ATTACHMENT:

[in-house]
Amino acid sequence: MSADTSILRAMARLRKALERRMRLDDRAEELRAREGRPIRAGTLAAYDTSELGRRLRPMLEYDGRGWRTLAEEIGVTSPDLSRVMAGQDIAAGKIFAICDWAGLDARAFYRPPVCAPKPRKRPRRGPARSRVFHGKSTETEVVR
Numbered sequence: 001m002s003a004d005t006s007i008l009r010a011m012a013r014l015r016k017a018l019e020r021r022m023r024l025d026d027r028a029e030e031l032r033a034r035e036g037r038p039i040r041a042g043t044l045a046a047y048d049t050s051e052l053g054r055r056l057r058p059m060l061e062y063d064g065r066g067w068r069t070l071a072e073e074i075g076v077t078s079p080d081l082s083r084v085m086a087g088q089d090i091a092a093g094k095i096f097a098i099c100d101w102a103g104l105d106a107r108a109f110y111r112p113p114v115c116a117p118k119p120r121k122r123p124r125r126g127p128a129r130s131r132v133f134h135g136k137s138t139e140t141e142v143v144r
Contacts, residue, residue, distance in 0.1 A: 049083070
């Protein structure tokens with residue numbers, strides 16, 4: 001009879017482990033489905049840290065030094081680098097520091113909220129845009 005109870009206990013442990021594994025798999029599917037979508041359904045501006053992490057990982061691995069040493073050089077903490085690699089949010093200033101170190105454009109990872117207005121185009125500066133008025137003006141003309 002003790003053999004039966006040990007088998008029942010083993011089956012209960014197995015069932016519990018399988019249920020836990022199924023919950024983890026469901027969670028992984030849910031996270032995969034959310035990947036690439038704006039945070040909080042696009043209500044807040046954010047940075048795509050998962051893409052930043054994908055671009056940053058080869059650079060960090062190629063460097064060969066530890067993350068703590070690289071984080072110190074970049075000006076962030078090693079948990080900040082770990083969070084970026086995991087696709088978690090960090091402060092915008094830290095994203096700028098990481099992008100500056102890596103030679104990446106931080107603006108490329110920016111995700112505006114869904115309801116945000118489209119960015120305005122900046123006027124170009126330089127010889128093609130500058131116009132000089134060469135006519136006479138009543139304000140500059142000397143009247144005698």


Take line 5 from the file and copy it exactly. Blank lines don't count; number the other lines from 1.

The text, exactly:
């Protein structure tokens with residue numbers, strides 16, 4: 001009879017482990033489905049840290065030094081680098097520091113909220129845009 005109870009206990013442990021594994025798999029599917037979508041359904045501006053992490057990982061691995069040493073050089077903490085690699089949010093200033101170190105454009109990872117207005121185009125500066133008025137003006141003309 002003790003053999004039966006040990007088998008029942010083993011089956012209960014197995015069932016519990018399988019249920020836990022199924023919950024983890026469901027969670028992984030849910031996270032995969034959310035990947036690439038704006039945070040909080042696009043209500044807040046954010047940075048795509050998962051893409052930043054994908055671009056940053058080869059650079060960090062190629063460097064060969066530890067993350068703590070690289071984080072110190074970049075000006076962030078090693079948990080900040082770990083969070084970026086995991087696709088978690090960090091402060092915008094830290095994203096700028098990481099992008100500056102890596103030679104990446106931080107603006108490329110920016111995700112505006114869904115309801116945000118489209119960015120305005122900046123006027124170009126330089127010889128093609130500058131116009132000089134060469135006519136006479138009543139304000140500059142000397143009247144005698």